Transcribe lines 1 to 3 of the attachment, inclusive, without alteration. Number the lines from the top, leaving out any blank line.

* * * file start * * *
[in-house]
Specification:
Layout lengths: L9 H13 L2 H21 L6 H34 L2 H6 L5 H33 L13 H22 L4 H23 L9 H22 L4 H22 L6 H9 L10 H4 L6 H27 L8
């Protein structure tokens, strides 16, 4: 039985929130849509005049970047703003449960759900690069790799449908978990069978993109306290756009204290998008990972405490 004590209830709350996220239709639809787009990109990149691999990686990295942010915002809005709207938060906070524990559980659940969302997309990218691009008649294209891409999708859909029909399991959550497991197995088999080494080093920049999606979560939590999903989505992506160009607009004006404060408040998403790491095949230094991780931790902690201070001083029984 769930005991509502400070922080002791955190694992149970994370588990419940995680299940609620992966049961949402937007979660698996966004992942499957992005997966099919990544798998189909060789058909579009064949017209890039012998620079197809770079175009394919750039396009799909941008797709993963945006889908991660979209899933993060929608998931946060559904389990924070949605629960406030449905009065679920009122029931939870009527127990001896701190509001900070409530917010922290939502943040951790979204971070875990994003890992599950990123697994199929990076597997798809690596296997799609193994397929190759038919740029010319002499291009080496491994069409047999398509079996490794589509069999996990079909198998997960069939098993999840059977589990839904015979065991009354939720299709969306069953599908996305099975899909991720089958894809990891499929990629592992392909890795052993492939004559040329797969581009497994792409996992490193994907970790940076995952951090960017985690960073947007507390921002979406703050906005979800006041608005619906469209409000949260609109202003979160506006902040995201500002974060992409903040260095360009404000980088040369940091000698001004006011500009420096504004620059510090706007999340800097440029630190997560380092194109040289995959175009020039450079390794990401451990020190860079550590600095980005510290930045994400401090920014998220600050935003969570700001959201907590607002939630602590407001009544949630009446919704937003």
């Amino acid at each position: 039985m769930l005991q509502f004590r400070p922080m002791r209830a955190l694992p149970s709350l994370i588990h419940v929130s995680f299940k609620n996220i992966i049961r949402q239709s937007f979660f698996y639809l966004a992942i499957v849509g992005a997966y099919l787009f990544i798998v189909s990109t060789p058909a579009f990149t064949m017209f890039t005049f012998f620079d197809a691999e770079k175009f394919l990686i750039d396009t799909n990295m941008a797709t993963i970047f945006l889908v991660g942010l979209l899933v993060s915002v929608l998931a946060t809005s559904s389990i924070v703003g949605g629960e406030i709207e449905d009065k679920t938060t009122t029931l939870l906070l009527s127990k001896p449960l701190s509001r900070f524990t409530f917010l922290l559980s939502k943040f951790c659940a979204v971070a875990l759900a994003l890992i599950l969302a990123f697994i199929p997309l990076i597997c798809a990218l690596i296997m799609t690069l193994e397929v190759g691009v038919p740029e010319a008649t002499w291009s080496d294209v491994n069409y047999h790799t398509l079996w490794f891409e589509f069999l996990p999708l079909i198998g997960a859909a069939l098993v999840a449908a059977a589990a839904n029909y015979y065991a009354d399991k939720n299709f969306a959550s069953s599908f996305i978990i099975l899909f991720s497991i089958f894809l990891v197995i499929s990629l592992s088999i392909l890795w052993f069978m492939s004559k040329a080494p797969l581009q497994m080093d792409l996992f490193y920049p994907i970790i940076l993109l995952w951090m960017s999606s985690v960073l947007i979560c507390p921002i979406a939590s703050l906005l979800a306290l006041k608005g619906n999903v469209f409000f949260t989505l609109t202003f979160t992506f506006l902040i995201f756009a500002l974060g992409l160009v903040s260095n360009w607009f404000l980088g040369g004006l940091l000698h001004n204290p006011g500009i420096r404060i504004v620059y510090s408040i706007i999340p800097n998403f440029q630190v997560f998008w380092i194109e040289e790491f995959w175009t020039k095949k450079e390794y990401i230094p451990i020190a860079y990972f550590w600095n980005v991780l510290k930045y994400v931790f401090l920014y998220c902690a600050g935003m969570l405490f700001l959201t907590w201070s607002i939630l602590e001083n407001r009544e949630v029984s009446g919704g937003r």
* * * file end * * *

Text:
[in-house]
Specification:
Layout lengths: L9 H13 L2 H21 L6 H34 L2 H6 L5 H33 L13 H22 L4 H23 L9 H22 L4 H22 L6 H9 L10 H4 L6 H27 L8